The Old Testament can be read as a history of the Jewish people and as a great description of human behavior on a metaphoric level. Take the Exodus story. Metaphorically, Egypt represents any place, culture or thought process that holds us captive and doesn’t allow us the freedom to let in new kinds of thinking or possibilities. Slavery can be physical or mental or emotional bondage. It is perhaps easier to see this kind of bondage in other people than in ourselves, but often we get stuck in the ways we think and can’t see a new way out of whatever confronts us.
Our culture holds us captive to its materialism, to its ambition, to its upward mobility and to its idea of being fiercely independent. Our families can hold us captive to limitations in what is acceptable for us to do. Our conditioned minds can hold us captive to whatever responses to life we developed as children and may continue to rule us as adults.
Freedom, on the other hand, is not just the ability to decide our fate, ”the power or right to act, speak, or think as one wants without hindrance or restraint,” but also denotes an ability to become the people we were created to be. This, I believe, is our call from God, to realize our own wholeness and our dependence on God.
To return to the metaphor, we need a spokesman or spokeswoman, an inner Moses who, inspired by God, will lead us out of all the rigid thinking that imprisons us. The Pharoah represents the powerful inner king who tries to keep us stuck in the old ways. The plagues that God sends are needed to weaken the Pharoah’s hold on us as we try to move away from “his ways.”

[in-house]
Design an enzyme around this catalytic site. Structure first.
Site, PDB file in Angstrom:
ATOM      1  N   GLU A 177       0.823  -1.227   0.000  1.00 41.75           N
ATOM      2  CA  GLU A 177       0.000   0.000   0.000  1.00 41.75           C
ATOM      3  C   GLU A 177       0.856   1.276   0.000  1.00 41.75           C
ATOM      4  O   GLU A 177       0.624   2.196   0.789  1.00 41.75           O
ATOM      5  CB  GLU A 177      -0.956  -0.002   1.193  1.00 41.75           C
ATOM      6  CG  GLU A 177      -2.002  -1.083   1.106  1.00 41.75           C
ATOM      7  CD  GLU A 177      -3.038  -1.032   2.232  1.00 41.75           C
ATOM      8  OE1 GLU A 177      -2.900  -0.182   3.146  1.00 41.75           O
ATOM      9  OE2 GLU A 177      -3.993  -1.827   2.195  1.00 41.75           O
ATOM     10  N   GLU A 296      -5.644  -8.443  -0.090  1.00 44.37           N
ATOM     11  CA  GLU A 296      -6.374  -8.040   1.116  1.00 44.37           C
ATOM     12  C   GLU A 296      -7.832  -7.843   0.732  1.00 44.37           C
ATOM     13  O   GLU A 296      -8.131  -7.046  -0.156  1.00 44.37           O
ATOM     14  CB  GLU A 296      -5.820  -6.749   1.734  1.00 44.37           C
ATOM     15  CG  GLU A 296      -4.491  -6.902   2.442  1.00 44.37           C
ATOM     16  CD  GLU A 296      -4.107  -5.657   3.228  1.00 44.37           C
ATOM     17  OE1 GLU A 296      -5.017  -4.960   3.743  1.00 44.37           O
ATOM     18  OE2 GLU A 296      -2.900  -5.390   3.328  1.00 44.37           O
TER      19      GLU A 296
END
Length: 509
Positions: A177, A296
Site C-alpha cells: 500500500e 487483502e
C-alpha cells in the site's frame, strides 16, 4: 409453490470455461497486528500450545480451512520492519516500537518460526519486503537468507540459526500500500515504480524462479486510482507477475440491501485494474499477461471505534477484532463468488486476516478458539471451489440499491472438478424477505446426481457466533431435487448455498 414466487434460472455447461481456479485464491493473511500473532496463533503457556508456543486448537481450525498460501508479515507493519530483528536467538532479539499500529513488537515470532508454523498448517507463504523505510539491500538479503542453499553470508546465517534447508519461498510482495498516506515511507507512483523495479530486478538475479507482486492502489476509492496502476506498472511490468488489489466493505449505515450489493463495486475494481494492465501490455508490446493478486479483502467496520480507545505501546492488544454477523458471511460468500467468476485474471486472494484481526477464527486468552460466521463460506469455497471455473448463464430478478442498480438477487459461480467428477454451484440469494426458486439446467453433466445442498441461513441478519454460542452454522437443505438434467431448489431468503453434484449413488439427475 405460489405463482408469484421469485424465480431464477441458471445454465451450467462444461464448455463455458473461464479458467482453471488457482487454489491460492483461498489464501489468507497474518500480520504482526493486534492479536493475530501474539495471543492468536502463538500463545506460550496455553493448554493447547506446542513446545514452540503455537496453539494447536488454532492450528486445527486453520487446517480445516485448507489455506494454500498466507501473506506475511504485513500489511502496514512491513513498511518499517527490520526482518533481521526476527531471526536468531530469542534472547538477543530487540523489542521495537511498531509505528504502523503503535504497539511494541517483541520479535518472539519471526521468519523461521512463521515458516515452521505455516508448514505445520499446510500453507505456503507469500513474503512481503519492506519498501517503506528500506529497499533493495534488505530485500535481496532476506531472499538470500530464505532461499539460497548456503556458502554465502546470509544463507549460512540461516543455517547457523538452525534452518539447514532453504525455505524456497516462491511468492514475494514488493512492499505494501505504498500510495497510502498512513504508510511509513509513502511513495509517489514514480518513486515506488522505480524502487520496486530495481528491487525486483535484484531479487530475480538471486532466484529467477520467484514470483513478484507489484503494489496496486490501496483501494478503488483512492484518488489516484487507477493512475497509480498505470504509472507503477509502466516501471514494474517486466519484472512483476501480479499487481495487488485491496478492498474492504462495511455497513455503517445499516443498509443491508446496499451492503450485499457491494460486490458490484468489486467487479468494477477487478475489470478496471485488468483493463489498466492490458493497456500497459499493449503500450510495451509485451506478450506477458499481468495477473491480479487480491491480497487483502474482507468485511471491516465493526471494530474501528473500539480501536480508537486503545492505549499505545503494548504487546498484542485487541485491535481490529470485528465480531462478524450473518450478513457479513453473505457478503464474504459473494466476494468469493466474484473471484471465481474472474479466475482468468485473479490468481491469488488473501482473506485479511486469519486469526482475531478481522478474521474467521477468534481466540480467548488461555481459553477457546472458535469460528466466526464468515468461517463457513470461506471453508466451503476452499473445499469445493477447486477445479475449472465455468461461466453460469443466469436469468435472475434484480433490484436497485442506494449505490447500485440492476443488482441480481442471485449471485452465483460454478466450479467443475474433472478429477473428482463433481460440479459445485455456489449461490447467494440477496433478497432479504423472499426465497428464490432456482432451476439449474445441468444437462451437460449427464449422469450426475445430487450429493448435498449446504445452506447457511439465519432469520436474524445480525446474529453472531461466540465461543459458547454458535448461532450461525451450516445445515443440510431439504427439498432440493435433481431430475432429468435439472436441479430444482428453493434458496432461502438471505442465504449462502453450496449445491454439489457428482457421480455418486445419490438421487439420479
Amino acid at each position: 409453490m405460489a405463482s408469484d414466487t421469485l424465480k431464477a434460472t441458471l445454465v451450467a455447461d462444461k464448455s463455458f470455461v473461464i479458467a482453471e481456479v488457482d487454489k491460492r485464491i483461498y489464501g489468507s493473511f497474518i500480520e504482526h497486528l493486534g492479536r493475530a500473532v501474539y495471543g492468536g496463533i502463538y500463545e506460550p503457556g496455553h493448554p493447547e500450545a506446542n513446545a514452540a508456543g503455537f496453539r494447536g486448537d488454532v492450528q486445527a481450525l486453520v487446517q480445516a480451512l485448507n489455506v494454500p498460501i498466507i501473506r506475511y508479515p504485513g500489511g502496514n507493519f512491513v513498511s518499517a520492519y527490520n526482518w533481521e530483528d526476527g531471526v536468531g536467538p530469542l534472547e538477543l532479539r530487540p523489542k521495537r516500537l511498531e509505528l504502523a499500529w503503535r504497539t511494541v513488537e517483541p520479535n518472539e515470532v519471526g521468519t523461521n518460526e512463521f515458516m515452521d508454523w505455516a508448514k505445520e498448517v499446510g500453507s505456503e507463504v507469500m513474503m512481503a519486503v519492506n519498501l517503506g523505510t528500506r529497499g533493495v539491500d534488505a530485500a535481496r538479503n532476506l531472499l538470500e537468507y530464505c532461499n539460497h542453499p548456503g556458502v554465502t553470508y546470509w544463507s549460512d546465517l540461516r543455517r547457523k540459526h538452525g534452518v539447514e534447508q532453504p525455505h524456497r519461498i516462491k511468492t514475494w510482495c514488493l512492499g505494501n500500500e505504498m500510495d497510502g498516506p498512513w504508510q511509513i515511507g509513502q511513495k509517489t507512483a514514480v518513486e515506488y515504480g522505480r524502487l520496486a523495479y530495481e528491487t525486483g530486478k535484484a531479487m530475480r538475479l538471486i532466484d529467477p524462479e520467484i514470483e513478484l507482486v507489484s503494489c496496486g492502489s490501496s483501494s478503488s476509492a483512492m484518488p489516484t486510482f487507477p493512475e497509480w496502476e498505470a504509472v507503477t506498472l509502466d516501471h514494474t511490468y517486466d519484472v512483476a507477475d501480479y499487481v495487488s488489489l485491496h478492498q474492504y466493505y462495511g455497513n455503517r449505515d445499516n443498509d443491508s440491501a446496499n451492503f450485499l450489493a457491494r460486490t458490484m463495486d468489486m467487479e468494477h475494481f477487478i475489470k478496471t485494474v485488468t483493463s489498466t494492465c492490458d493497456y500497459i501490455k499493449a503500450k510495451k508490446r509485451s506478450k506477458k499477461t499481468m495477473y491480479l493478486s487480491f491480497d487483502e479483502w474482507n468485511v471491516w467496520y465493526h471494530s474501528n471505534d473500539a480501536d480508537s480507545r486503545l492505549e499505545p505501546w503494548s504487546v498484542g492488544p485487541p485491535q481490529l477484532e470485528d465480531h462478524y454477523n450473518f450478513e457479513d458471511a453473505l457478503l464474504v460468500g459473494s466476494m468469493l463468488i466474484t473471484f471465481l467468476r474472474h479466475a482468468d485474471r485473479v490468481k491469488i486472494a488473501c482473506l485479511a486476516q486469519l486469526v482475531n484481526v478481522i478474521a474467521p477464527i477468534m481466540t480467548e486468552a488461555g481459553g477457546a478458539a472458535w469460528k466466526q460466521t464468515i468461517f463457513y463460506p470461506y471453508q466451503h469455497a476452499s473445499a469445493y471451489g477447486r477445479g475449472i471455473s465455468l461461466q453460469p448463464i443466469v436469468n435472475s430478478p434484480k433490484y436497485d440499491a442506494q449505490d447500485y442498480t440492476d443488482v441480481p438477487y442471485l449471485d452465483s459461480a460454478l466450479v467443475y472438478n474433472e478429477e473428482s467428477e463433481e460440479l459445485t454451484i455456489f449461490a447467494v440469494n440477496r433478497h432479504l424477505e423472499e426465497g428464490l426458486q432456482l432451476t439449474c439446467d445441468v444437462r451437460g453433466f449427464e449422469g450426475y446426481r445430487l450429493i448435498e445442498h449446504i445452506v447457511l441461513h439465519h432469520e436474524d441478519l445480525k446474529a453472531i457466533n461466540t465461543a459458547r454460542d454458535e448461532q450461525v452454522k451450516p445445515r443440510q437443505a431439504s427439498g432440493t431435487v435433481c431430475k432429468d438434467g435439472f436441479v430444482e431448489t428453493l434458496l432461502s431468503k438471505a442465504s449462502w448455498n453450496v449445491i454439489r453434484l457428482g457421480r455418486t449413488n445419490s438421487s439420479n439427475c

Even when we escape the Pharoah and enslavement, he chases after us, aware of all that he had used us for, how much he loved that power over us, and now unwilling to let us go. But if we continue on the path of leaving Egypt, the old ways are drowned in the Red Sea as was the Pharoah’s army. So we have made it out of slavery, but there remains a long period of time when we are still caught in the old thinking, the wilderness. We’ve escaped, but haven’t changed anything—we’re wandering in the wilderness and beginning to complain first, that we liked being slaves in Egypt, and secondly, why are we in this awful land. We forget about God and Moses, we overlook God’s provenance in meeting out needs(the daily manna). The old ways are more comfortable and the new ways are not yet available to us.
A new law is handed down to Moses on Mt. Sinai, a new way of being in the world; you might say, these are the rules for living outside of slavery. For a time the rules are ignored, but then really adopted by the people, by ourselves as we approach the new land—the new way of thinking. Finally the old—the enslaved mind—is gone and we’re ready to cross the Jordan into the Promised Land, where a whole new way of doing, being and thinking lies. Our inner Moses who led us out of slavery and to the verge of the promised land is no longer needed; an inner warrior, Joshua, takes his place as we cross the Jordan. We have to conquer the new land in order to claim it as our own, throw out the “thinking”/the peoples that don’t belong and claim our new home. Now, finally, we are comfortable in a whole new place.
This exodus story can replay when we get locked into the new ways; we may need to move out of “Egypt” more than once. But if we’re dependent on/surrendered to God, we’ll maintain our openness to new ideas and new ways of being. He will always lead us away from being stuck, in favor of leading us into the fullness of our created selves.
 The New Oxford American Dictionary, Second Edition, Oxford University Press, New York, 2005